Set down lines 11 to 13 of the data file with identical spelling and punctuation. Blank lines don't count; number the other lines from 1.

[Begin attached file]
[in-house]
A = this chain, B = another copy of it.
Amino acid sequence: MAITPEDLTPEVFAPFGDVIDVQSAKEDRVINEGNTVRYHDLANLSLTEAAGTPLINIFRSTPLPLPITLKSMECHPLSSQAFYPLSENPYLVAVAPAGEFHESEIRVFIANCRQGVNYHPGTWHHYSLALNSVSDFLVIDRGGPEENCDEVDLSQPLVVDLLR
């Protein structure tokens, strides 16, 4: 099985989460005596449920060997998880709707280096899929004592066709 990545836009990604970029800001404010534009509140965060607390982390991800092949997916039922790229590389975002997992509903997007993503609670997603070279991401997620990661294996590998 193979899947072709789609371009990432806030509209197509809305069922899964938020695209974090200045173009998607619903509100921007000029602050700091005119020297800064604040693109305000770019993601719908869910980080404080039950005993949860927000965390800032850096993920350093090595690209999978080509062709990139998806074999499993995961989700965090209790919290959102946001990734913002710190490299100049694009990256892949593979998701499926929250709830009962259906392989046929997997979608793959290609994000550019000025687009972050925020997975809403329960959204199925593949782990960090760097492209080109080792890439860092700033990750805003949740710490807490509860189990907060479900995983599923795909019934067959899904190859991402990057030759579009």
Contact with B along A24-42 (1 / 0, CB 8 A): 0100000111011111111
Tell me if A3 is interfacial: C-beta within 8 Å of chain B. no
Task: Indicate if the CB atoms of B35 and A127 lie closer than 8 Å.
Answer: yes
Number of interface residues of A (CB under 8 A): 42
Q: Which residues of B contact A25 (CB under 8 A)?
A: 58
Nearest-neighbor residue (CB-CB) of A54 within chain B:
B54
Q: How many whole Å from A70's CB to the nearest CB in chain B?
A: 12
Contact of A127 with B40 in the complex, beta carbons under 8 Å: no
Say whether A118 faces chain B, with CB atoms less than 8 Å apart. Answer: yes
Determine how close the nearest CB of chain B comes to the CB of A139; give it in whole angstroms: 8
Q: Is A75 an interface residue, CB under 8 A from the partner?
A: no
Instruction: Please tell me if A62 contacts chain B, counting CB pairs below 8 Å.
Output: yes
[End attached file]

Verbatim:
A: 58
Nearest-neighbor residue (CB-CB) of A54 within chain B:
B54